Every No. 1 Single of the Nineties: Shania Twain, “(If You’re Not in it For Love) I’m Outta Here!”

“(If You’re Not in it For Love) I’m Outta Here!

Shania Twain

Written by Robert John “Mutt” Lange and Shania Twain


#1 (2 weeks)

February 3 – February 10, 1996

Radio & Records

#1 (2 weeks)

January 26 – February 2, 1996

Shania Twain’s point of view comes completely into focus.

The Road to No. 1

After enjoying her first No. 1 hit with “Any Man of Mine,” Twain released the title track from The Woman in Me, which went top fifteen.  Radio would eventually warm to her ballads, but for this album’s life cycle, only the uptempo singles performed well.  Today’s entry kicks off a string of three consecutive No. 1 hits.

The No. 1

“Any Man of Mine” established Shania’s signature sound, but it was “I’m Outta Here!” which brought her point of view completely into focus.

Comparisons to Madonna came quickly when Twain broke through, and those comparisons were apt, but not for the dismissive and casually misogynist reason given at the time: that Twain was selling sex.

What she was really doing was bypassing male gatekeepers and speaking directly to her audience, which was primarily women, with a message that flew over the heads of her male critics who were better at looking than listening.

“I’m Outta Here!” is a relentless takedown of men who would insult her intelligence and exploit her beauty with cheap lines and empty promises, and she’s talking straight to the girls as she calls bullshit on each and every one of them:

Now every woman sees, with every “pretty please”
That there’s a pair of lying eyes and a set of keys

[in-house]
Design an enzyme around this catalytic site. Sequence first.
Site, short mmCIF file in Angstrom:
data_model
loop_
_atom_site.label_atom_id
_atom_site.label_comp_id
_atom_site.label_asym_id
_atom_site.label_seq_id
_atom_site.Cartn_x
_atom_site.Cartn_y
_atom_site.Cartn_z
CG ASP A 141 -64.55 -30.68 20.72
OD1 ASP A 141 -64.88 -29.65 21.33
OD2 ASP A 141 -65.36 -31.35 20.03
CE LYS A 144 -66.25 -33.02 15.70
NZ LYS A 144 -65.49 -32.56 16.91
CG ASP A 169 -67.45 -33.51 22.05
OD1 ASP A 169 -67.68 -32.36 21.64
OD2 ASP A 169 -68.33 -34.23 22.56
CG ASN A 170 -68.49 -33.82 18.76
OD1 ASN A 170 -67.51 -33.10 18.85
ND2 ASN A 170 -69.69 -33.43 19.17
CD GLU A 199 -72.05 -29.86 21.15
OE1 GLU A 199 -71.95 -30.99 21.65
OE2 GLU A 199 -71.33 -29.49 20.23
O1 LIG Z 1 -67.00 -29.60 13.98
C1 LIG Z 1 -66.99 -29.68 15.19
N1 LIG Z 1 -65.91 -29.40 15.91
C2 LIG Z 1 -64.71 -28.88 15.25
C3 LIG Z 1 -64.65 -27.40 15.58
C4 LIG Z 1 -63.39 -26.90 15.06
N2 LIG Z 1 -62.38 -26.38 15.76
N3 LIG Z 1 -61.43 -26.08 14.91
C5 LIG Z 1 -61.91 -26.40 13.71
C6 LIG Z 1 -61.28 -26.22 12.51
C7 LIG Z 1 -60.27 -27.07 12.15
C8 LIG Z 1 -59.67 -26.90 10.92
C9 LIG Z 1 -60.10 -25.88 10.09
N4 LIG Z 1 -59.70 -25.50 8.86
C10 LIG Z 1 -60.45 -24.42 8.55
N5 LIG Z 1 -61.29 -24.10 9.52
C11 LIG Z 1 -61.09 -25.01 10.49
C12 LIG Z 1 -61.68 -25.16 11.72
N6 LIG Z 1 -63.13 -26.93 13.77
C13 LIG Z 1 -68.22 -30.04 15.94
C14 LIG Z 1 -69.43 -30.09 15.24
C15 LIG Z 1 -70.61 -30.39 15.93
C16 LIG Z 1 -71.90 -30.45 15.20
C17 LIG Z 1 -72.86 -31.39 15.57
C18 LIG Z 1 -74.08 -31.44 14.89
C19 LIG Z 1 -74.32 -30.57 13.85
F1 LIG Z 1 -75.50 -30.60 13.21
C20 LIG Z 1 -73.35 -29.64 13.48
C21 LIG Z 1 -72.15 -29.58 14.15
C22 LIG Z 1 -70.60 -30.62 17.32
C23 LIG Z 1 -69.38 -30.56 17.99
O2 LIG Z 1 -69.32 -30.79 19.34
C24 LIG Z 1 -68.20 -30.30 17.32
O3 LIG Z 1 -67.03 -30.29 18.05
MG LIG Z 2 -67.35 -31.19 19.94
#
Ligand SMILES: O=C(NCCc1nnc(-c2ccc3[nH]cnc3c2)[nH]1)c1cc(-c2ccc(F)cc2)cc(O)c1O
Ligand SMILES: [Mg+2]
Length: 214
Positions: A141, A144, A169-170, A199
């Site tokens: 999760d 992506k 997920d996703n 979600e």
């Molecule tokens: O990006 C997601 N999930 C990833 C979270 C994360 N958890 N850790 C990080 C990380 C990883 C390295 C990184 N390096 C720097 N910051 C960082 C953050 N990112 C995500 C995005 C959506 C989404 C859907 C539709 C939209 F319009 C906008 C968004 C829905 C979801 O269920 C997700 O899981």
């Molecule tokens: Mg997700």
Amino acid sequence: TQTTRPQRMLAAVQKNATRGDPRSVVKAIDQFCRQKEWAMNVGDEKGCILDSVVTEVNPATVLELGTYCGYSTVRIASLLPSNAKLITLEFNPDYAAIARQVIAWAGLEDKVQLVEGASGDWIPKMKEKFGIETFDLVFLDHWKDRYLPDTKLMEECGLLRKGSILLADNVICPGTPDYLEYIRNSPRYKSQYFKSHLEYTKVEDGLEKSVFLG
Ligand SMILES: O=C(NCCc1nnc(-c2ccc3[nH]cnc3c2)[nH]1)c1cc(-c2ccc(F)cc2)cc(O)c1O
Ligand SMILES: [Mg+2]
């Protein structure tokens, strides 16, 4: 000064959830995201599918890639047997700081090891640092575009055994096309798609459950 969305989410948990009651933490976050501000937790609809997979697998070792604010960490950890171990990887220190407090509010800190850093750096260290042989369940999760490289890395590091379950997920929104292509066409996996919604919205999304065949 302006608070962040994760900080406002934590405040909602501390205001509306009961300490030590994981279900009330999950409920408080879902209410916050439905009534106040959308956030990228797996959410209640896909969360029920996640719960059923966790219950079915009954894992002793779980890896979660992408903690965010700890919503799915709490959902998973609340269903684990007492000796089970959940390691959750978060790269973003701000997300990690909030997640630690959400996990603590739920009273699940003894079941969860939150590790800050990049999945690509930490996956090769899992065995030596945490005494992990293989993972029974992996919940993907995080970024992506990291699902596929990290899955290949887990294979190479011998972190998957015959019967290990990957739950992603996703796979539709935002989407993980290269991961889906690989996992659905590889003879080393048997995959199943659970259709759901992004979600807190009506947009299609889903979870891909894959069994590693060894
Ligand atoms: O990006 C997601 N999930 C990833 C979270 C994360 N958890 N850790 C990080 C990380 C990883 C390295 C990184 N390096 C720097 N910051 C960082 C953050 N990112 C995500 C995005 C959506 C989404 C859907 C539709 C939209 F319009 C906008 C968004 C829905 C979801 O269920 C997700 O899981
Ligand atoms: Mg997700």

He says, “Come be a star in the back seat of my car”
But baby slow down, you’re going way too far

Of course the production is flawless – it’s a “Mutt” Lange joint – and Twain’s vocal performance is one of her best, as she pivots from a gravelly low tone that mimics the menacing men on the make in the verses, and pivots to asserting her worth during the chorus.

But the real story here is how “I’m Outta Here!” crystallized a consistent point of view that would be present in all of her work.  Two generations earlier, Tammy Wynette had made an entire career out of one clear message to women: keep your man happy or he’ll look for love elsewhere.  From 1995 on, Twain’s message to women (and men) was this:  Give a woman respect, autonomy, and monogamy to keep her happy, or she’ll look for love elsewhere.

The Road From No. 1

While this single was at No. 1,  The Woman in Me officially became the best-selling studio album in history by a female country artist, a record it would hold until it was surpassed by Twain’s next studio album. As noted above, Twain’s next two singles will also go No. 1.

“(If You’re Not in it For Love) I’m Outta Here!” gets an A.

Every No. 1 Single of the Nineties

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1 Comment

  1. It’s as a good a time as any to reference a Brian Mansfield essay written in the June 1998 issue of Pulse! magazine, a tabloid produced by Tower Records full of record reviews, interviews, and lots of advertising. The essay is titled “Soapbox: In defense of mainstream country.” In the closing paragraph Mansfield wrote, ” Long-time country fans know about this phenomenon (it taking 20 years for country singers to be appreciated by rock audiences), and we’re grown accustomed to other people taking a couple decades to come around. So we go on our way, quietly enjoying our albums by Shania Twain, Toby Keith, Martina McBride and Mark Chesnutt. You can listen now, or you can wait till your kids buy their retrospectives and then act like you were paying attention. Trust me it’s going to happen.”

    I admit the deed! I was not paying attention to Shania Twain in 1996! I dismissed her music, but am grateful to be re-educated as to its significance and merits here.

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